Here we are in early November, 2005. Around the country signs of winter are being seen. Leaves have changed color in most of the country and have begun their annual foliage. It won’t be long before they will be on the ground and cold weather settles in. For some, this is their favorite time of the year (although personally I think they are just trying to rationalize the fact that they have to endure several months of winter weather). Here in Sarasota, we are entering our winter months as well. The temperatures have dropped down to the low 80’s during the day and 60’s at night. Soon we will be facing temperatures in the 70’s. Flowers are blooming, the sun is shinning, and the sweet ocean breeze comes in from the west. Yeah, its rough down here.
But, along with the weather, winter brings on a lot of other things. Holidays, shopping, wonderful dinners of turkey and dressing with all of the trimmings. Thinking of family and friends, getting together with loved ones. College students coming home for semester break. Lights and decorations. This is definitely a wonderful time of the year. Not just here, but everywhere.
Of course, the holiday season doesn’t always bring good cheer and happiness. There is sadness attached to this time of the year as well. Some have lost loved ones during this time of the year and every time it rolls around it brings back precious memories of those who have gone on. For others, it brings on the stress and strain of providing for their families beyond their means. It is painful to stare at the monthly bills, see the income coming in, and payments going out and what is left over to pay for all of the things they want and need for the holidays. When outflow exceeds income it brings in a lot of stress and feelings of sadness, resentment, and depression that is felt from those who are in this boat.
And there are those, by no fault of their own, who are so poor and lacking, that the holiday season means little more to them than any other time of the year. They wake up in the morning, put in a hard day’s work, and buy, hopefully, enough food to feed their family for the day. They don’t have to worry about paying the utility bill, or the water bill, or the cable bill, none of that even exists where they live. They pray for a rainless night, a night where the inside of their “house” will stay dry, and hope the cold wind doesn’t blow too hard. Then it is up at dawn, starting from scratch all over again.
It is when I stop to think about the people we see and work with in Honduras, stop to REALLY think about it, do I realize just how good I really have it here in Florida. We live in the greatest country in the world, in the lap of luxury. A Place of abundance, a place of comfort and fulfillment. Man, do we have it great. And we need to be THANKFUL for it, too.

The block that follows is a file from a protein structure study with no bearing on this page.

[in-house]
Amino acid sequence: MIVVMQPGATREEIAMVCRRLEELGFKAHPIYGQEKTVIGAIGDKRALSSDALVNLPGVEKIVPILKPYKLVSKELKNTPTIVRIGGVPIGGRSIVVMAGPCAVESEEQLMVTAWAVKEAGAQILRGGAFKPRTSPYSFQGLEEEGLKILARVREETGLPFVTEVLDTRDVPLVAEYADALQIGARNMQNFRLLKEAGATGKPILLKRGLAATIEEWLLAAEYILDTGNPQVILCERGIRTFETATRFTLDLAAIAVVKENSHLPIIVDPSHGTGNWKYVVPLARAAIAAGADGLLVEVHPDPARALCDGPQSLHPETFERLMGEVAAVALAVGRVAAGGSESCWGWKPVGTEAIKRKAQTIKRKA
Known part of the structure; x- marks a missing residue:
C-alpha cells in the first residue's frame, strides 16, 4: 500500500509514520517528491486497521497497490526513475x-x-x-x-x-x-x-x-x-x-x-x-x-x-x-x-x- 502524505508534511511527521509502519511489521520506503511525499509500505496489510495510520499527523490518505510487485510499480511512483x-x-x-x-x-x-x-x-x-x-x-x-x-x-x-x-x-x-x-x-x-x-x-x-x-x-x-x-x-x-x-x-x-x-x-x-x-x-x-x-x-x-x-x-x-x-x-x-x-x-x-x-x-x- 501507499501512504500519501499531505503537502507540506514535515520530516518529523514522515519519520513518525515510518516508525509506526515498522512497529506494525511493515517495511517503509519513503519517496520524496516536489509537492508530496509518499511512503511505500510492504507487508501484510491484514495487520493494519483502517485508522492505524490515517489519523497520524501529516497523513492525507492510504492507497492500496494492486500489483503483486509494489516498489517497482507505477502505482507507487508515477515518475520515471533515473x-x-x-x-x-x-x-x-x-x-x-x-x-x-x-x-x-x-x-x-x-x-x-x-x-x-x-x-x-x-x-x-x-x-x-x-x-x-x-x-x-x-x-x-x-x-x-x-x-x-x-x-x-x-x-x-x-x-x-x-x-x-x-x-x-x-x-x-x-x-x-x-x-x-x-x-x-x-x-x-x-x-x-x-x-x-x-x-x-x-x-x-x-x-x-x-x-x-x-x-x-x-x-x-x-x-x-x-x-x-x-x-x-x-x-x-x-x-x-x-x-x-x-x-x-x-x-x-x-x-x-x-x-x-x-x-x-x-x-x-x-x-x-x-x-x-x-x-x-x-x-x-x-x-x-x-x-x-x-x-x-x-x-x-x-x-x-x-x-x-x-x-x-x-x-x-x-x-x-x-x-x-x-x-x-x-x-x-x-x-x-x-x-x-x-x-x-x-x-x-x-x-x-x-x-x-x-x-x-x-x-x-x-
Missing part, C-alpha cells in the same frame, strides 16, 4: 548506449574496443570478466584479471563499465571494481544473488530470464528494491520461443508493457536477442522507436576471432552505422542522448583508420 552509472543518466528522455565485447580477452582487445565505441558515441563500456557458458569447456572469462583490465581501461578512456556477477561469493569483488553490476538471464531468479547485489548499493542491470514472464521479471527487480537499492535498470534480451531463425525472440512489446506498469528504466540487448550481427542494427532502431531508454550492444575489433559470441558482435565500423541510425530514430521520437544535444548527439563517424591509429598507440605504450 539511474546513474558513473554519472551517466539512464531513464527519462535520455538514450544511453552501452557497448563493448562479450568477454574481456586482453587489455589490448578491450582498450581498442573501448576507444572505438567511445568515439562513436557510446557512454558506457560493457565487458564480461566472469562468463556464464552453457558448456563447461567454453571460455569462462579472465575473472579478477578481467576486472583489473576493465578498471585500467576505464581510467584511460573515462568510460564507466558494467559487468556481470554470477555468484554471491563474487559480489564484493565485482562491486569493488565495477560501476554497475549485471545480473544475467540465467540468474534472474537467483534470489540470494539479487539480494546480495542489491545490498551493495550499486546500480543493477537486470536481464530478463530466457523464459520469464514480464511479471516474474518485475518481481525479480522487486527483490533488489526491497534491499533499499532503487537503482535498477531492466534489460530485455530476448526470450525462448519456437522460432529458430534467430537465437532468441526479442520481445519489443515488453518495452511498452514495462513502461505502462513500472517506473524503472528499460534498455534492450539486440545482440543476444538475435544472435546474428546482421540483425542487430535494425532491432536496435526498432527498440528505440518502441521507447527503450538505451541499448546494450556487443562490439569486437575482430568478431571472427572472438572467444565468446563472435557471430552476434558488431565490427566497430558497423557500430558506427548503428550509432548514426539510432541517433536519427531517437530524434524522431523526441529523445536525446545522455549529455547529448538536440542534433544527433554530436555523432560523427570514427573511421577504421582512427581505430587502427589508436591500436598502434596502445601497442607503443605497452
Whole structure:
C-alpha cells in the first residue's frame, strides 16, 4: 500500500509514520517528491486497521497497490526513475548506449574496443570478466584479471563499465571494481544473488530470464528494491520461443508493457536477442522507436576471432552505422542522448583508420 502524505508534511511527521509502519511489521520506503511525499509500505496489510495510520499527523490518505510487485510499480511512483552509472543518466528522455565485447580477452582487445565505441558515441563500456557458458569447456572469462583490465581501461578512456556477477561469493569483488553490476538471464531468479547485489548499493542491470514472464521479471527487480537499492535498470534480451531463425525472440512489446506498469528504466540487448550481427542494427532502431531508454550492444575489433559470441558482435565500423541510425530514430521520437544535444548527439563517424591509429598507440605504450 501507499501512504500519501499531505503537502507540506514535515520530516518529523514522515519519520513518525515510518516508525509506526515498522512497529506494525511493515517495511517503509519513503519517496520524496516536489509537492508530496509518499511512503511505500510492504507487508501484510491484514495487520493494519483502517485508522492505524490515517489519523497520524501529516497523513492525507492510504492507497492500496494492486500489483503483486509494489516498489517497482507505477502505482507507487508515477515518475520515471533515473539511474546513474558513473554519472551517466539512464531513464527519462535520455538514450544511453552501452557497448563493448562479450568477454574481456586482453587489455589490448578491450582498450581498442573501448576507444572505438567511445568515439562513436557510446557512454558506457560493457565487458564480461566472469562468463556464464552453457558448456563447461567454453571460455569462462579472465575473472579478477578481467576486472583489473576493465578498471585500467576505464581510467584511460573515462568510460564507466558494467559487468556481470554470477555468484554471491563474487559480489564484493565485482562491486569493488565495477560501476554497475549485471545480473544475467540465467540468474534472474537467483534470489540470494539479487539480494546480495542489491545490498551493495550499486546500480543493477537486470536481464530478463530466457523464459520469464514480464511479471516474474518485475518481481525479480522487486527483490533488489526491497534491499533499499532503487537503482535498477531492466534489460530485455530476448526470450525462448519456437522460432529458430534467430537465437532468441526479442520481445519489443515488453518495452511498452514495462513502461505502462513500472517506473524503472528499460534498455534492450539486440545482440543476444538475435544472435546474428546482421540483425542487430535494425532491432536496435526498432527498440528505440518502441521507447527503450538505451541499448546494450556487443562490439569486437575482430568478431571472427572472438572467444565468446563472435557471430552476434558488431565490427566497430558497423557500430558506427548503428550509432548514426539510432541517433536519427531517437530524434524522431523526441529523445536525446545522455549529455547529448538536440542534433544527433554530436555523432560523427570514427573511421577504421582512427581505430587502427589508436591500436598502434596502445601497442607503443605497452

The book of Job says that God knew him before he was ever born and implies that He knows all of us the same way. If this is true, God knew before we were born who we are, and more specifically, who are parents were going to be and where we were going to be born. It is by the grace of God that most of us were born right here in the good ole’ U.S. of A. Oh how THANKFUL we should be!!!!! So, before the Christmas holiday completely sweeps over our land, please take time to observe a holiday that is almost forgotten in our society today, THANKSGIVING. A time to recognize the blessings we have to enjoy. To be THANKFUL to God for the blessings He has given us. To be THANKFUL for our friends, our families, our congregations. We need to be THANKFUL for our educations, our wonderful paved roads (even the ones under construction), our means of transportation. I could go on and on, but I am sure you are getting the picture.
With all of that being said, I am pumped and THANKFUL for the 2006 trips that are coming. And it is not just me, people from all around are saying the same thing. Building houses with wood floors and painted walls! Water barrels and water purifiers! Food boxes! Care packages! Hygiene packets! Clothes and shoes to give away! I could go on and on, but the point is the machine is in motion and things are starting to happen. It is time to begin collecting donated supplies and raising money. Our theme, “NO JUNK FOR JESUS” is going to go out far and wide. And again, we need to be THANKFUL that we live in a place of such abundance that we can collect stuff to take with us to give away. We need to be THANKFUL for the opportunity to be able to give, to collect, to sort, inventory, and box.
Each month we are going to post certain items that we want to collect for our supplies drive. I want to encourage all of us to work hard to obtain these items and inventory them and get them ready for shipment. The collection months will be November, December, January, February, and March.
The following items are on the collection list for November (medical month):
* Large bottles of Tylenol
* Large bottles of Advil
* Large bottles of aspirin
* Antibiotic creams
* Large bottles of Pepto Bismol
* Plastic Bandages (all sizes)
* Cotton balls
* Latex gloves
* Empty pill bottles (labels removed!)
Good luck with your collections. This will be a banner year for Torch and I am confident that we will achieve our goals for all of the supplies that we will need to accomplish the projects that we have planned for 2006. Please contact me if you have any questions. On your mark…… get set…… GO!
Serving with a THANKFUL heart,